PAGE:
Visitation Rights for Lesbian Mom, C.S. v. J.S.
C and J began living together in 1999. Several years later, they decided to have a child together, and Jennifer was artificially inseminated. C went to the sperm bank with Jennifer, and actively participated in the selection of a donor. C also paid most of the expenses related to the pregnancy and birth. When the child was born, in January 2003, both mothers’ last names were included on her birth certificate. Both women cared for the child as parents. In July 2004, when the child was about a year and a half old, J broke up with C. For a while, the two spent about equal time with the child. J apparently had no problem leaving the child in C’s care, but she refused to respond to C’s repeated urging that the custody or visitation arrangement be formalized. Finally, C filed a petition for visitation with the J&DR court. J immediately cut off all contact between C and the child until the judge ordered supervised visitation beginning in December 2004.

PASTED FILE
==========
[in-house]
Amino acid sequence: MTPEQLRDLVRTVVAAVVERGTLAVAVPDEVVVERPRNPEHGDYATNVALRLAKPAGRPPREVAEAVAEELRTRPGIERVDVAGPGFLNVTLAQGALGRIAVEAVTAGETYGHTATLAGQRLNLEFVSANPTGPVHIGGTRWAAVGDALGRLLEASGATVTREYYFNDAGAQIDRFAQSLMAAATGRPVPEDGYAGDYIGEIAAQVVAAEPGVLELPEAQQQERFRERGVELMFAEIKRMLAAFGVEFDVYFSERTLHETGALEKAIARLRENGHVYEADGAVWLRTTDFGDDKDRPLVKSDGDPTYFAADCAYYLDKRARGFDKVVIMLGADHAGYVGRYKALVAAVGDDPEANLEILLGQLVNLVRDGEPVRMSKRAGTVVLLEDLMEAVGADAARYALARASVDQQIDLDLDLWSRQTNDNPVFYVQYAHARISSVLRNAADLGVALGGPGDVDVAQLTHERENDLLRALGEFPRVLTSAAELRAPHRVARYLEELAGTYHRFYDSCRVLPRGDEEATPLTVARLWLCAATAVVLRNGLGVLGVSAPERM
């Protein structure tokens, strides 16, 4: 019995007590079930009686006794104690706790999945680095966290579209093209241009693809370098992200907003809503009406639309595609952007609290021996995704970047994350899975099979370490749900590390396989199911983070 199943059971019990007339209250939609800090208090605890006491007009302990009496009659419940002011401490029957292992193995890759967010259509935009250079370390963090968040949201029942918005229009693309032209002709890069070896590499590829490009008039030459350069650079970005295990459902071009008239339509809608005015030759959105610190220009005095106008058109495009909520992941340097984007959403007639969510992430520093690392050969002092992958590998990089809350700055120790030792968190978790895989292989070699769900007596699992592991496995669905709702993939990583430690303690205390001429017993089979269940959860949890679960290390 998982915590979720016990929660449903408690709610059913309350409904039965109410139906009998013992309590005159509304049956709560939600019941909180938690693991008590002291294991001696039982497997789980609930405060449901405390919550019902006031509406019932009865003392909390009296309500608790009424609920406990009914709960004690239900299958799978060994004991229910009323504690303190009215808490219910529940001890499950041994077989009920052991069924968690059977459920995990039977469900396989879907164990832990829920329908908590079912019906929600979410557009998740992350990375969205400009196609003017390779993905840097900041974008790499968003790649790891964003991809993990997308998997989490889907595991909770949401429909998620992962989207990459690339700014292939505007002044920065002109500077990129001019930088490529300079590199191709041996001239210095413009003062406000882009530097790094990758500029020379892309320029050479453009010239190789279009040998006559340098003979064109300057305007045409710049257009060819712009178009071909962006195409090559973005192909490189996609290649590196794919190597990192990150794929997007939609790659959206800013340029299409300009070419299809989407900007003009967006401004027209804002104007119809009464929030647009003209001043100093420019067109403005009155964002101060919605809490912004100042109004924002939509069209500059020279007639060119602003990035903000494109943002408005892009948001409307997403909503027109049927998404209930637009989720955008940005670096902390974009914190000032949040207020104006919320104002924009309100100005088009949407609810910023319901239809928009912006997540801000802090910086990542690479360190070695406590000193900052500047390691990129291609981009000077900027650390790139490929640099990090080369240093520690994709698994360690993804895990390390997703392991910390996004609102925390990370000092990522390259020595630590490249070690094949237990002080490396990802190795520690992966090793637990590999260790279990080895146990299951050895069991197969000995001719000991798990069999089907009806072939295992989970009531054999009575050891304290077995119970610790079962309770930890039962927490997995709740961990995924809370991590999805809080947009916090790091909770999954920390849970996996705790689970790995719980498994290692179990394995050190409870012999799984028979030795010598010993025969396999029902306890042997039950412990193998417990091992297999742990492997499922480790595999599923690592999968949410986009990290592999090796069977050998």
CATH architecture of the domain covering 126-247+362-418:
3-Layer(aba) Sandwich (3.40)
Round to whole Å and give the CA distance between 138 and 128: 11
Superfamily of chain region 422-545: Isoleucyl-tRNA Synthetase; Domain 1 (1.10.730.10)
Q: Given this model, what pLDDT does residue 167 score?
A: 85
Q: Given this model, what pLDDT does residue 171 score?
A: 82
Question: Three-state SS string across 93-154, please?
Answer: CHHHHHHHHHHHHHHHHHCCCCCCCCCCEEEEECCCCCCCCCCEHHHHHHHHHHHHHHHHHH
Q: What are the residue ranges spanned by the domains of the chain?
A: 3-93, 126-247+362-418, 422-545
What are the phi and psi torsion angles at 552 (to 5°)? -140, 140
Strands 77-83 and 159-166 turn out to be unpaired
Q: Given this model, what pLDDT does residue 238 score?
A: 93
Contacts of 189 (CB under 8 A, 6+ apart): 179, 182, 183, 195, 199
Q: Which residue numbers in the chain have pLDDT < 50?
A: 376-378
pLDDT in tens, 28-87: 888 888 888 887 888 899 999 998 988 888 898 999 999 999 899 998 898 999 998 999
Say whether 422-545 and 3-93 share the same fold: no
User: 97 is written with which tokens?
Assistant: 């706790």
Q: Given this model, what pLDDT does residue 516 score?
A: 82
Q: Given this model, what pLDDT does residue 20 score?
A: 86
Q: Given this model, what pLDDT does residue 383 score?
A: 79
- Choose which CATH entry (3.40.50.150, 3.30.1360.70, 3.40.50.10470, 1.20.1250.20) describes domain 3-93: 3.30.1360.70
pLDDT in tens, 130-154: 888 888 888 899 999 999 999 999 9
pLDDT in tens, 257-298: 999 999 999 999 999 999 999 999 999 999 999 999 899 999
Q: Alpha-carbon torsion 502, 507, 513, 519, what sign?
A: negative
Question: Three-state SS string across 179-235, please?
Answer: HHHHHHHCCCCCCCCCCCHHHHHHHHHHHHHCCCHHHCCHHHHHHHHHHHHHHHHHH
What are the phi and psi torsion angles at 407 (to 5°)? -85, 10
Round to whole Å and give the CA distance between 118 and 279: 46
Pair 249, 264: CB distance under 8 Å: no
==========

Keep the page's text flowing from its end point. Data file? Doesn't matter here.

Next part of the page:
A trial commenced. After C had presented her case, J’s attorney made a motion to strike. At that point, the judge entered into a colloquy with J’s attorney about the meaning of “parent” in Virginia law. He suspended the hearing and asked both sides to brief the issue. We have joined the case in order to argue that C is a legal parent with a right to visit her child. On October 25, 2005, the J&DR Court dismissed CS’s petition, holding that although it would benefit the child to maintain a relationship with CS, that benefit was outweighed by the harm that would be caused by JS’s continued obstructions of visitations. The case went to trial on October 16, 2006, and we filed post-trial briefs on December 1, 2006. In April 2007, the judge ruled against our client, holding that under Virginia law, she cannot be recognized as a parent. We have appealed. On June 3, 2008, the Court of Appeals affirmed the circuit court, refusing to recognize CS as a parent.